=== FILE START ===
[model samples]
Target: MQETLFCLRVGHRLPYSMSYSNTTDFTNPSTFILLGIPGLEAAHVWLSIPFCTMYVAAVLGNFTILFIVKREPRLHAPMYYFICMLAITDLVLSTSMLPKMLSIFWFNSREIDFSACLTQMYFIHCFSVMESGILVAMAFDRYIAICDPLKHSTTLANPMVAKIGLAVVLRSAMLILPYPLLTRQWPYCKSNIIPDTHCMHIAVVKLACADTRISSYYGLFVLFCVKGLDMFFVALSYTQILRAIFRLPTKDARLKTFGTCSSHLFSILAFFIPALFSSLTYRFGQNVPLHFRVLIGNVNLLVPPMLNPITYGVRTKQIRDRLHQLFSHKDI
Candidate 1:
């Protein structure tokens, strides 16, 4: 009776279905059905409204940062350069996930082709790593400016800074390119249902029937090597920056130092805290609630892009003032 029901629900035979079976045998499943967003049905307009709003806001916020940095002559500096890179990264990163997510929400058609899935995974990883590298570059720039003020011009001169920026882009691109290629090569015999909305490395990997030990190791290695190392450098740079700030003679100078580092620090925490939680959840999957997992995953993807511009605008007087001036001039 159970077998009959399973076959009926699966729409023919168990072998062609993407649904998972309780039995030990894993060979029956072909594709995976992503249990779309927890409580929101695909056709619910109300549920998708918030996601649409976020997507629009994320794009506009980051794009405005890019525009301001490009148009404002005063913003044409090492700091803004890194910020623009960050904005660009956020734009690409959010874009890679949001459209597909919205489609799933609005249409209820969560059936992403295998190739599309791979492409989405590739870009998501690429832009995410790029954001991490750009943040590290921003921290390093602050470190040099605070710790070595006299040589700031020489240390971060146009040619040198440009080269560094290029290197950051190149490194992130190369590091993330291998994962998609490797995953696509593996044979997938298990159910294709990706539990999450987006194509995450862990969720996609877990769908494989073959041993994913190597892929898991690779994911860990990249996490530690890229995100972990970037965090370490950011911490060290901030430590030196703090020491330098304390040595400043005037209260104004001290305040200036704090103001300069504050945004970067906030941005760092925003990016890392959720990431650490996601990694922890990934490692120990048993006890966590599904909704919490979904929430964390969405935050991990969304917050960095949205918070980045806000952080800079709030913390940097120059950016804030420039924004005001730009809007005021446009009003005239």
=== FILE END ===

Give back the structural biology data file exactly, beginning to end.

[model samples]
Target: MQETLFCLRVGHRLPYSMSYSNTTDFTNPSTFILLGIPGLEAAHVWLSIPFCTMYVAAVLGNFTILFIVKREPRLHAPMYYFICMLAITDLVLSTSMLPKMLSIFWFNSREIDFSACLTQMYFIHCFSVMESGILVAMAFDRYIAICDPLKHSTTLANPMVAKIGLAVVLRSAMLILPYPLLTRQWPYCKSNIIPDTHCMHIAVVKLACADTRISSYYGLFVLFCVKGLDMFFVALSYTQILRAIFRLPTKDARLKTFGTCSSHLFSILAFFIPALFSSLTYRFGQNVPLHFRVLIGNVNLLVPPMLNPITYGVRTKQIRDRLHQLFSHKDI
Candidate 1:
């Protein structure tokens, strides 16, 4: 009776279905059905409204940062350069996930082709790593400016800074390119249902029937090597920056130092805290609630892009003032 029901629900035979079976045998499943967003049905307009709003806001916020940095002559500096890179990264990163997510929400058609899935995974990883590298570059720039003020011009001169920026882009691109290629090569015999909305490395990997030990190791290695190392450098740079700030003679100078580092620090925490939680959840999957997992995953993807511009605008007087001036001039 159970077998009959399973076959009926699966729409023919168990072998062609993407649904998972309780039995030990894993060979029956072909594709995976992503249990779309927890409580929101695909056709619910109300549920998708918030996601649409976020997507629009994320794009506009980051794009405005890019525009301001490009148009404002005063913003044409090492700091803004890194910020623009960050904005660009956020734009690409959010874009890679949001459209597909919205489609799933609005249409209820969560059936992403295998190739599309791979492409989405590739870009998501690429832009995410790029954001991490750009943040590290921003921290390093602050470190040099605070710790070595006299040589700031020489240390971060146009040619040198440009080269560094290029290197950051190149490194992130190369590091993330291998994962998609490797995953696509593996044979997938298990159910294709990706539990999450987006194509995450862990969720996609877990769908494989073959041993994913190597892929898991690779994911860990990249996490530690890229995100972990970037965090370490950011911490060290901030430590030196703090020491330098304390040595400043005037209260104004001290305040200036704090103001300069504050945004970067906030941005760092925003990016890392959720990431650490996601990694922890990934490692120990048993006890966590599904909704919490979904929430964390969405935050991990969304917050960095949205918070980045806000952080800079709030913390940097120059950016804030420039924004005001730009809007005021446009009003005239």